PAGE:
2.declaim - speak against in an impassioned manner; "he declaimed against the wasteful ways of modern society"
protest - utter words of protest

declaim

verb speak, lecture, proclaim, recite, rant, harangue, hold forth, spiel (informal), orate, perorate He used to declaim verse to us with immense energy.
declaim against something or someone protest against, attack, rail, denounce, decry, inveigh He declaimed against the injustice of his treatment.

declaim

verb
To speak in a loud, pompous, or prolonged manner:
Translations
يُلقي خِطابا بصورَةٍ دراميَّه
řečnit
deklamere
tala hátt og meî ákafa
rėžti kalbą
deklamētprotestētsvinīgi runāt
etkileyici şekilde konuşmak

declaim

[dɪˈkleɪm]
A. VIdeclamar
B. VTdeclamar

declaim

[dɪˈkleɪm]
vidéclamer
vtdéclamer

declaim

videklamieren; to declaim against somethinggegen etw wettern

declaim

[dɪˈkleɪm] videclamare

declaim

(diˈkleim) verb
to make (a speech) in an impressive and dramatic manner. She declaimed against immorality.
References in periodicals archive ?
Figures in the Shadows: The Speech of Two Augustan-Age Declaimers, Arellius Fuscus and Papirius Fabianus
The declaimers spoke about money as the fabulist spoke about language: they assigned all the goods and all the evils of society to it simultaneously.
Hey, perhaps our Balagtasan writers and declaimers can learn a thing or two from the show, to make their own ornate and witty effusions and concatenations similarly popular here?
The poem presents a celebratory pageant running from the medieval period to the present in which figures from the historical past, such as 'peasants hoarsely talking under the wind' are not simply described but are 'called' by the poem's declaimers. These figures are welcomed into a pact that completes for them the historical process of class struggle and the search for freedom to which they contributed but which they could not, at their earlier historical moments, realise in either sense of the word.
But the main characters in The Queen of Corinth, The Double Marriage, and The Laws of Candy, through their varying kinds and degrees of deviation from an ideal of virtue, are formed with motivations and drives both complex and internally coherent; and the Controversiae stimulate this character-formation because they induce their participating declaimers, and hence our playwrights, to address the motives and drives of specific imagined selves.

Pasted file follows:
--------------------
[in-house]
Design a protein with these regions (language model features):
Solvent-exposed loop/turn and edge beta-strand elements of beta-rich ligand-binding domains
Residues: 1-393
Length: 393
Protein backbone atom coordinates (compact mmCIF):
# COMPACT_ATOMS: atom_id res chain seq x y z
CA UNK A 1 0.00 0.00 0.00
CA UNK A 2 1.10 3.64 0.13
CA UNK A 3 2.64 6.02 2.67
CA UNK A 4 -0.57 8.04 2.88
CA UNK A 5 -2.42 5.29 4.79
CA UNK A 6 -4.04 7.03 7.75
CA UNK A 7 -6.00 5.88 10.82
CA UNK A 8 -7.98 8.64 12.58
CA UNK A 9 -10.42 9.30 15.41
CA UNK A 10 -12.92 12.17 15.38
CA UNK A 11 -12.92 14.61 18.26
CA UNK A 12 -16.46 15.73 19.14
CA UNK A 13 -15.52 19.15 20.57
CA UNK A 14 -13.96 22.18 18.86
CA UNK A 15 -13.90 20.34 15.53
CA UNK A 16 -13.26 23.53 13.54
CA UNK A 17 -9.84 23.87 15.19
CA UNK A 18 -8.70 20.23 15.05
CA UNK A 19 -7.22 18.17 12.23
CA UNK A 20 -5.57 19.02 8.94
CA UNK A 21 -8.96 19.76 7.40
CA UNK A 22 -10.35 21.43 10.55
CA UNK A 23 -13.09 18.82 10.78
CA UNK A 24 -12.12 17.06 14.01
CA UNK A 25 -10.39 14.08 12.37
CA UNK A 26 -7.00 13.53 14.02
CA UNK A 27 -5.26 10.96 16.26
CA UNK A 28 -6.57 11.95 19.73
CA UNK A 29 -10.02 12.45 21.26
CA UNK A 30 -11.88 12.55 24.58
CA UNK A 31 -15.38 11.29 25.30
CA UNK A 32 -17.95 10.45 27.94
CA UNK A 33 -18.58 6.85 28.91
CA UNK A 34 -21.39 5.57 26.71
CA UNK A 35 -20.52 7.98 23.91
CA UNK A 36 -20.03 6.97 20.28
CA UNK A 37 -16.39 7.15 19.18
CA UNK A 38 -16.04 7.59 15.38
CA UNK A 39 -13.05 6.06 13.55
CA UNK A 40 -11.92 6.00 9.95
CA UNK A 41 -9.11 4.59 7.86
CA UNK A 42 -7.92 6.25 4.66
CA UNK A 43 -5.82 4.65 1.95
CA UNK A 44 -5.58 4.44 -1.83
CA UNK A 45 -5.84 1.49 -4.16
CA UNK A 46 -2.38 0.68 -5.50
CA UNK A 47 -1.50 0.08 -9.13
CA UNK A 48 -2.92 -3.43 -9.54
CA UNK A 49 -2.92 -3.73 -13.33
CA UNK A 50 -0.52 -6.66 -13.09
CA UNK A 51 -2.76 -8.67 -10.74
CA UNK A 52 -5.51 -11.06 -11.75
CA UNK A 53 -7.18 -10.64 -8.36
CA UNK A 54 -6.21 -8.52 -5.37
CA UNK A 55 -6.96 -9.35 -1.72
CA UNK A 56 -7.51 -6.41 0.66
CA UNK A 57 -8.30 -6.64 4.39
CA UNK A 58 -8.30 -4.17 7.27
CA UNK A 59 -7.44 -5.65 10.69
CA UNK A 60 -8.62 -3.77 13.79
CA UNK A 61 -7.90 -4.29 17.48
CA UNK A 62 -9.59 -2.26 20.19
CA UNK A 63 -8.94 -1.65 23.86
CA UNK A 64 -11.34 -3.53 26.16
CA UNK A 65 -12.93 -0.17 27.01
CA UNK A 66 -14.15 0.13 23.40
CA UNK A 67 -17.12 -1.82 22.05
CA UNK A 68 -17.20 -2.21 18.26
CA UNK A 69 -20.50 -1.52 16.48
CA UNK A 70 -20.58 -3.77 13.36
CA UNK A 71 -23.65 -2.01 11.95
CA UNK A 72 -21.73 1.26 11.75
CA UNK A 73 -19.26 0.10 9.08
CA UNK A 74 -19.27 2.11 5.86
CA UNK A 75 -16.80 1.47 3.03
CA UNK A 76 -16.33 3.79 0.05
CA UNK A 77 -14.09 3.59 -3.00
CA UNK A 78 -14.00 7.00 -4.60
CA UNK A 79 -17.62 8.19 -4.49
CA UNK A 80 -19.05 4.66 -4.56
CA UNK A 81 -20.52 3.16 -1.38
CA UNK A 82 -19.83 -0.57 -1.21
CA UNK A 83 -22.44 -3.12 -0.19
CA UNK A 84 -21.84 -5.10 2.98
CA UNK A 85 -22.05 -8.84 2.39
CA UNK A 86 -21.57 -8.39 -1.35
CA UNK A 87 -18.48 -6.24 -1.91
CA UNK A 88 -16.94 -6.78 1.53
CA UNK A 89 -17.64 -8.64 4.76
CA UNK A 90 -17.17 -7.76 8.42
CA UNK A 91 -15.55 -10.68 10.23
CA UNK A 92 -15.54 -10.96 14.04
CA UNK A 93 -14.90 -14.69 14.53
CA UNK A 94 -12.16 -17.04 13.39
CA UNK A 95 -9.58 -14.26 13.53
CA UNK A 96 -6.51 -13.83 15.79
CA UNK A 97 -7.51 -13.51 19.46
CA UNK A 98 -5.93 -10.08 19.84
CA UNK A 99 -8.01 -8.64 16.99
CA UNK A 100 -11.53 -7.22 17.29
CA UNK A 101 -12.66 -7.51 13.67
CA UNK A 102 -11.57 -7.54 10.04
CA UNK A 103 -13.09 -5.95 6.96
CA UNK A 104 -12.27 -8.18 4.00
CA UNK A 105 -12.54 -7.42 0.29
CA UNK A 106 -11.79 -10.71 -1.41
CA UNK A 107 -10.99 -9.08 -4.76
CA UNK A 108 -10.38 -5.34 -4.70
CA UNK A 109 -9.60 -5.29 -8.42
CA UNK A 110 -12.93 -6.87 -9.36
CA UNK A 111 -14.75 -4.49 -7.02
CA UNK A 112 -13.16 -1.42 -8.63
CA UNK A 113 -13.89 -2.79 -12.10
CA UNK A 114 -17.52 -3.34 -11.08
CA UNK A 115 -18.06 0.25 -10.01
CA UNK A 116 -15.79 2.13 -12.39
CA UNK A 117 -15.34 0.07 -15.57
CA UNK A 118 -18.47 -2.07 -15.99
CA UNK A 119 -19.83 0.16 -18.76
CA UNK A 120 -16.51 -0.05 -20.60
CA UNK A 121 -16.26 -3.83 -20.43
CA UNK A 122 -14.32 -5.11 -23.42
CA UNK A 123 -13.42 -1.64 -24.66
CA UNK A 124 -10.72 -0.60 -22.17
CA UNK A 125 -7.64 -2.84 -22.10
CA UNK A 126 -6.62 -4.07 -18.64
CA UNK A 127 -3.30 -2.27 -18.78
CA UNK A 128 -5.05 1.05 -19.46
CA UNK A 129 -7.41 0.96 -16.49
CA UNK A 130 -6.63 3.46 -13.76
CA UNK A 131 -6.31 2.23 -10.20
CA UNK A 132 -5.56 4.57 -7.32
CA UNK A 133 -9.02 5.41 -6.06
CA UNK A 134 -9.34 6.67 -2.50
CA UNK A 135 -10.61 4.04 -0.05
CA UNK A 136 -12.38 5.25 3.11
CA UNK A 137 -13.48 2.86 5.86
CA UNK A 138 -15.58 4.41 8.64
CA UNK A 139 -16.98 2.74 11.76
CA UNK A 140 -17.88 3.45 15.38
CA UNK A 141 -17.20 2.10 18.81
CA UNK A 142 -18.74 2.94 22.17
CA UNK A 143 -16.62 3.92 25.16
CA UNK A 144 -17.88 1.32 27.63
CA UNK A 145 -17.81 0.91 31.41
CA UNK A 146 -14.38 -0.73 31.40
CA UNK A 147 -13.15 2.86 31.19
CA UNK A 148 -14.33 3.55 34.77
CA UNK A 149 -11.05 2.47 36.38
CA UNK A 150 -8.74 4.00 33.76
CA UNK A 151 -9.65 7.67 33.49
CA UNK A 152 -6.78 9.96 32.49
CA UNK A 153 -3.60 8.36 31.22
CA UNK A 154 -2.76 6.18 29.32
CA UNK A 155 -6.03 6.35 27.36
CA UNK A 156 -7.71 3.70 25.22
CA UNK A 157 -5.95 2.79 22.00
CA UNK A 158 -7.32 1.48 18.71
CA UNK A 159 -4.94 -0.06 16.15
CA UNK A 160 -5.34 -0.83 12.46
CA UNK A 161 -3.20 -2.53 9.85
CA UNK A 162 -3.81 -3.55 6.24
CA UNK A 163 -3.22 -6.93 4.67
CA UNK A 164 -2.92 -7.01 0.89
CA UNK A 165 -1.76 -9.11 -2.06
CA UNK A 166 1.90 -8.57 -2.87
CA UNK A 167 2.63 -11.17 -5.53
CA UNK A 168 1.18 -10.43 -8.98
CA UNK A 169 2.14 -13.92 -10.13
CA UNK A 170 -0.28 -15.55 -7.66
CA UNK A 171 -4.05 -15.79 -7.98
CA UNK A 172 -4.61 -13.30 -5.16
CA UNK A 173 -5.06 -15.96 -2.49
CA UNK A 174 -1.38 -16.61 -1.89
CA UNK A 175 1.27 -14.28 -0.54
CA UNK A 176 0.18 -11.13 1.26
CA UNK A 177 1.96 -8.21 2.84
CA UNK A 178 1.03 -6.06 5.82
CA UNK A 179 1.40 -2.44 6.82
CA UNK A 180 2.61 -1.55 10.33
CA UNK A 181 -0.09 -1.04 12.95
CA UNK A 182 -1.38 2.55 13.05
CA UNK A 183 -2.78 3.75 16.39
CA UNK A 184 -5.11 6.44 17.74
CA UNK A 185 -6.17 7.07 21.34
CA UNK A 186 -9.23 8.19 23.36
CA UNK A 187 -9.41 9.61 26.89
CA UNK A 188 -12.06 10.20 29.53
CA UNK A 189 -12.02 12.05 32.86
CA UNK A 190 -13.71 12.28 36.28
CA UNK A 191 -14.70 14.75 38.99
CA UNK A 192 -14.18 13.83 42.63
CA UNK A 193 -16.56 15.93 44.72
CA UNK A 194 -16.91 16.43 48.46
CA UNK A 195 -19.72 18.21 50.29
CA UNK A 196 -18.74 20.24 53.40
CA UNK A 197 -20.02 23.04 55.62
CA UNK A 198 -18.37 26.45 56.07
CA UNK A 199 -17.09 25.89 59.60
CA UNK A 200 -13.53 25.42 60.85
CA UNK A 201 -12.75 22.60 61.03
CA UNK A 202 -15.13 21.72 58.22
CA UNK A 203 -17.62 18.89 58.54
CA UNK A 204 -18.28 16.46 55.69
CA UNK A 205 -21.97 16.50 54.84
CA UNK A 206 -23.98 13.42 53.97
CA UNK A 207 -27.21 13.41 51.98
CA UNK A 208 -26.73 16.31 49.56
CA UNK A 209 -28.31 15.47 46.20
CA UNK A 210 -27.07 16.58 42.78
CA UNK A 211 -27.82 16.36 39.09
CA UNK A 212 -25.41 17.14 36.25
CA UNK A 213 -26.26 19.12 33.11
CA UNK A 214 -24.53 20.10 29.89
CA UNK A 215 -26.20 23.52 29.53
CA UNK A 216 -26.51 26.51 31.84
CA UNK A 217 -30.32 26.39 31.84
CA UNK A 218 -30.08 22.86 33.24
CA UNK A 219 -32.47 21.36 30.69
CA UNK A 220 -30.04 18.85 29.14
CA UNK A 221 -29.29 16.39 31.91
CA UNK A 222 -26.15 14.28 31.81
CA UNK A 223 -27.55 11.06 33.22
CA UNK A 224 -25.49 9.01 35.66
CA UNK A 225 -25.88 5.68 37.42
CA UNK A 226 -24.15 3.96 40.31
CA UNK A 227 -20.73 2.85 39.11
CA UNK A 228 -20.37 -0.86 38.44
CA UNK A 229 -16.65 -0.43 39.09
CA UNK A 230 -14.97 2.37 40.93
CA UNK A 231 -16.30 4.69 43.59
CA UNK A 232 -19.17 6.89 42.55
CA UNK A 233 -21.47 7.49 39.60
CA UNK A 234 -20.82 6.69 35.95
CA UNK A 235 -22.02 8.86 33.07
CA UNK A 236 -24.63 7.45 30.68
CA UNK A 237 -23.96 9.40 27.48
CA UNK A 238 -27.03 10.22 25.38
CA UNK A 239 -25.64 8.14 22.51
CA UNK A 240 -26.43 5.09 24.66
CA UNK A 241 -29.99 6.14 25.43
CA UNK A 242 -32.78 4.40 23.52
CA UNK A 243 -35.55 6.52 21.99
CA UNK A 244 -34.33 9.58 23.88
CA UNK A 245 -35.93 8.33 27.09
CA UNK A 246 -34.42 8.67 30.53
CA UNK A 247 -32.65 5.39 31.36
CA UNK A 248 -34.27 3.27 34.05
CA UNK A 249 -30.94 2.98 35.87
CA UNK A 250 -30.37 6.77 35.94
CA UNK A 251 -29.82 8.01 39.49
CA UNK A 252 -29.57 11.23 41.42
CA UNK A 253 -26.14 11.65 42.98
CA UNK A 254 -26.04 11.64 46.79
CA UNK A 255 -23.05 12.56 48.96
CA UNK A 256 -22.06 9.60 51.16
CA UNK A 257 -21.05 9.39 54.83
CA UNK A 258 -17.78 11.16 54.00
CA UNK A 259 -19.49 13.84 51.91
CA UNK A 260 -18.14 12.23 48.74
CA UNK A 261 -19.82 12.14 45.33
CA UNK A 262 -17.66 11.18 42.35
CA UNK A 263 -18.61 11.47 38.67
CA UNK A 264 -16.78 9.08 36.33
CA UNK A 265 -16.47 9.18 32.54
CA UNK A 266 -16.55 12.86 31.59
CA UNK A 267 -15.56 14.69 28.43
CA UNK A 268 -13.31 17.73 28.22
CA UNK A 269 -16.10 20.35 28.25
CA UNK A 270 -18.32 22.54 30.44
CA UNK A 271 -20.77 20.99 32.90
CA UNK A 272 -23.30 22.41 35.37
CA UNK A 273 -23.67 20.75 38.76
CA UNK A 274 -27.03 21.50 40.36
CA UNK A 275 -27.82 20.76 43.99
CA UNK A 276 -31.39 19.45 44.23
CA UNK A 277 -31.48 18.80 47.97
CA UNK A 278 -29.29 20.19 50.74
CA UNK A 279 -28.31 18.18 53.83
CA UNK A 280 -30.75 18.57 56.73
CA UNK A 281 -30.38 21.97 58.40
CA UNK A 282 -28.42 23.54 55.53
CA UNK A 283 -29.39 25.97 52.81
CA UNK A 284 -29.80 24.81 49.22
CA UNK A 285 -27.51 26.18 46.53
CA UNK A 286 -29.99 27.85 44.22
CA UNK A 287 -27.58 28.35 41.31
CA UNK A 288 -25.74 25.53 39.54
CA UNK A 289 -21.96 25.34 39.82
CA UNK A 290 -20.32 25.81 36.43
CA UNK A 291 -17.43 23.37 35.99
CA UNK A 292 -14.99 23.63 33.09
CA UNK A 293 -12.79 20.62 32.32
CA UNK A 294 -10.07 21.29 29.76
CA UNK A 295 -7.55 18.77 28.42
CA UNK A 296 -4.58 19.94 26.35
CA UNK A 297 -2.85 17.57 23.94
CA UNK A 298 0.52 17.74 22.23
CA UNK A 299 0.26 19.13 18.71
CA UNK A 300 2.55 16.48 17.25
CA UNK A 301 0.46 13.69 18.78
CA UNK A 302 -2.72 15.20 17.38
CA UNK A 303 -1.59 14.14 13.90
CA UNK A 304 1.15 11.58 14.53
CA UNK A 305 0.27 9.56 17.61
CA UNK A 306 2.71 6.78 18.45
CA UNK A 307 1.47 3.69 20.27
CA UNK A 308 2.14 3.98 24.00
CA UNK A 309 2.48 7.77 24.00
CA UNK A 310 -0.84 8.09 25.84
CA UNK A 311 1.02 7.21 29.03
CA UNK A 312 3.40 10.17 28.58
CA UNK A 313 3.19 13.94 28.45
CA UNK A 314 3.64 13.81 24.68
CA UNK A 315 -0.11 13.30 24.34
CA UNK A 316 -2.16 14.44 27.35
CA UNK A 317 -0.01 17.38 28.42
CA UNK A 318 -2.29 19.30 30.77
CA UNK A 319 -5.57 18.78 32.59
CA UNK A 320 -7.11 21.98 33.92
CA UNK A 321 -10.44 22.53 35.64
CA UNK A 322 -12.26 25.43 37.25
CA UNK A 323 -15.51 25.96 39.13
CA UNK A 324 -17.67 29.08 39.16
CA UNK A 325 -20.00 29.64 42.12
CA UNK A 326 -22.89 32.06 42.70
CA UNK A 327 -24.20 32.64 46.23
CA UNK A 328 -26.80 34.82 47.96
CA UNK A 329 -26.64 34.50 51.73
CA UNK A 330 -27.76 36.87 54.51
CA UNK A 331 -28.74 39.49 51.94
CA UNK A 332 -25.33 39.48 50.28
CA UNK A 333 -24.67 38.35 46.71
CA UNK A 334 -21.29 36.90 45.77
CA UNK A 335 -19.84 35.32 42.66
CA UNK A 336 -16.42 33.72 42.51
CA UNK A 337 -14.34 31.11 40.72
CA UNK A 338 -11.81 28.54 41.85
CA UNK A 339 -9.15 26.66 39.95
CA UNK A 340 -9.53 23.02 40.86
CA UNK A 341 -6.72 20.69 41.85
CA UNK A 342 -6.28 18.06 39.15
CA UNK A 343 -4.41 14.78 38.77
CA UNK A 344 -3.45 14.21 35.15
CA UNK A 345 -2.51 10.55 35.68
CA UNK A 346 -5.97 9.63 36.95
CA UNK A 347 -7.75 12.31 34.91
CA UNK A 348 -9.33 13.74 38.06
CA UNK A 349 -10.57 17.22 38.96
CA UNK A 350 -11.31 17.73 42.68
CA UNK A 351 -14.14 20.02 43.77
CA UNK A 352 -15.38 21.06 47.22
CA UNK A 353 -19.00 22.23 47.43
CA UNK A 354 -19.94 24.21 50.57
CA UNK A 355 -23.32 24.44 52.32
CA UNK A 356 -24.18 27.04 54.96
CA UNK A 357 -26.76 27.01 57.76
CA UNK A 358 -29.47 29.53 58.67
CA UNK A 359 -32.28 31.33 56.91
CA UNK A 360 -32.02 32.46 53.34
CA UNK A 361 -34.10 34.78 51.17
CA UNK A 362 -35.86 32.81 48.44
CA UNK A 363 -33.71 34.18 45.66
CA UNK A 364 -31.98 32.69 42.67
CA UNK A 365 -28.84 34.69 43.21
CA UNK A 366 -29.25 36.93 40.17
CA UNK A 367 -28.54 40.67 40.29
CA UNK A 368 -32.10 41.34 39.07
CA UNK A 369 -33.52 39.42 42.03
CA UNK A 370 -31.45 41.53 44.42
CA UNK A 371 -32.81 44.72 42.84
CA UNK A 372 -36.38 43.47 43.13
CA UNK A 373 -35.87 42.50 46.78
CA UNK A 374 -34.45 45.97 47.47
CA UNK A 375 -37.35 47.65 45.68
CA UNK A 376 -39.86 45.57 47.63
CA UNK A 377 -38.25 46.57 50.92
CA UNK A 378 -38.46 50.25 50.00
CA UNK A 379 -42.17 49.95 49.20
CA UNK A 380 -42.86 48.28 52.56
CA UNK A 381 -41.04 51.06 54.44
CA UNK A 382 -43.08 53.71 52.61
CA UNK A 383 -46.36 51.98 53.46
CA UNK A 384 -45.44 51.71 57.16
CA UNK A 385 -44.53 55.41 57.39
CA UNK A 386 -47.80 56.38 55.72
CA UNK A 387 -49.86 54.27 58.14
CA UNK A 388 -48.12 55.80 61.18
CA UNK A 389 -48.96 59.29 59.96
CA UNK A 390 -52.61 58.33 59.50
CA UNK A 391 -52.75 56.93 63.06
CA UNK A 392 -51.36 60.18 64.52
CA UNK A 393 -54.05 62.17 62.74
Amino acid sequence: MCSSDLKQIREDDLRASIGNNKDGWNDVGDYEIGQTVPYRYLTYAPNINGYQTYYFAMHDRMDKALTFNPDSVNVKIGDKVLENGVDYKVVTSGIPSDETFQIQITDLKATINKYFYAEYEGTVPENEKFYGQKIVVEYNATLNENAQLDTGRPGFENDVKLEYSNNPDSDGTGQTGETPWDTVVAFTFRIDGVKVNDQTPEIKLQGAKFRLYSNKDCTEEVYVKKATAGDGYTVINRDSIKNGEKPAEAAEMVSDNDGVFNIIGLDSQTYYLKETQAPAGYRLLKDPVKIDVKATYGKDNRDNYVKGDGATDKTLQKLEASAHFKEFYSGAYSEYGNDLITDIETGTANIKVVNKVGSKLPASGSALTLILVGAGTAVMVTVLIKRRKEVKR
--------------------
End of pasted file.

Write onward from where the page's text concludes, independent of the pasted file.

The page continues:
Albalah: this favorite genre is alkso associated with social occasions such as holidays or wedding celebrities depends on competition by poets and declaimers who gather to rehearse poems or poetic lines in Self-righteous, commendation lampoonery or irony.
Unfortunately my stomach wouldn't let me vote for a party with the likes of Blair, the Milibands, Straw, Mandelson and Harman in its ranks - all declaimers of the toffs in society but some of whom went to private schools but don't want the same for anyone-else.
Despite declaimers, Iran wants to be a nuclear-armed power.
The way the four questions follow upon each other in six lines, gradually getting longer and more involved, presages how the discourse of this particular poet seeks to close off the possibility of response, to silence the listener, in exactly the same way as the speaker complains of being silenced by Cordus and the other declaimers of epics and tragedies.
Declaimers were given the Pacts of an especially complex legal and ethical situation, along with the relevant law, and required to compose speeches both for and against the accused party.
"He who enters a university walks on hallowed ground," James Bryant Conant declared at the Harvard tercentenary in 1936, and subsequent declaimers of higher-ed ideology have kept the faith.